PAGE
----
Government policy is hurting creativity say Nobel Laureates
This article was originally published in Scrip
A clutch of Nobel Laureates believe that directing government research funding to projects that are expected to produce economic benefits is misguided. The UK's switch in the 1970s to more targeted research funding, for example, correlated with a decline 20 years later in the number of prizes that the country won. The big advances in science, and resultant economic benefit, come from discoveries that cannot be predicted, claim Sir Tim Hunt, Sir Aaron Klug and others, in a letter to the Financial Times (June 24th, p 14).
You may also be interested in...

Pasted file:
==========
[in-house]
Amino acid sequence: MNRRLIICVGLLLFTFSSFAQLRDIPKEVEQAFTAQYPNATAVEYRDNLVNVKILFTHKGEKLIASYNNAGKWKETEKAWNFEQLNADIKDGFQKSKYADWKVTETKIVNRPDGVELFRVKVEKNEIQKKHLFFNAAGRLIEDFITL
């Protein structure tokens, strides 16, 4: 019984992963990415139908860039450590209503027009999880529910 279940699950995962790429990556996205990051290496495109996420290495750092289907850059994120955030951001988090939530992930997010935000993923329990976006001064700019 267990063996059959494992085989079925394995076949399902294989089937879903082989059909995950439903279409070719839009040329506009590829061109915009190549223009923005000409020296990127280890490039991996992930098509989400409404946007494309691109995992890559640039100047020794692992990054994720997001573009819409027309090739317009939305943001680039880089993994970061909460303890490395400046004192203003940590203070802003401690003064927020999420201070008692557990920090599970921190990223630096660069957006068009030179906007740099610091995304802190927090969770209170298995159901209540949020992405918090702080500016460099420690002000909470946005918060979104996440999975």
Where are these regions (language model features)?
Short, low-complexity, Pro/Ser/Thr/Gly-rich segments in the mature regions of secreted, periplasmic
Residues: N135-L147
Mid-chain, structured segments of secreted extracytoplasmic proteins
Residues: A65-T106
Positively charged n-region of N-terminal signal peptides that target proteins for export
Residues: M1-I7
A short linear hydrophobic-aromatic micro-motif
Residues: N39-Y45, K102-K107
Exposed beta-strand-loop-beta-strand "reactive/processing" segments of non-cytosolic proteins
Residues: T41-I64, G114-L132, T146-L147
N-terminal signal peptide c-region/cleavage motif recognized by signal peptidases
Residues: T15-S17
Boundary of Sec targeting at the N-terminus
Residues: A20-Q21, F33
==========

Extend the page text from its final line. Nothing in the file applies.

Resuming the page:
Switzerland’s Polyphor has redefined its business strategy and is aiming to become a leaner organization, with a potential first-in-class immuno-oncologic, balixafortide, in late-stage clinical development for breast cancer.
Germany’s family-controlled big pharma, Merck KGaA, is divesting its allergens business, Allergopharma to the fast-growing Munich healthcare company, Dermapharm Holding.
Switzerland’s SIX exchange-listed drug development company, Basilea, is moving two new oncology candidates along its R&D pipeline, supported by strong revenues from two partnered anti-infective products.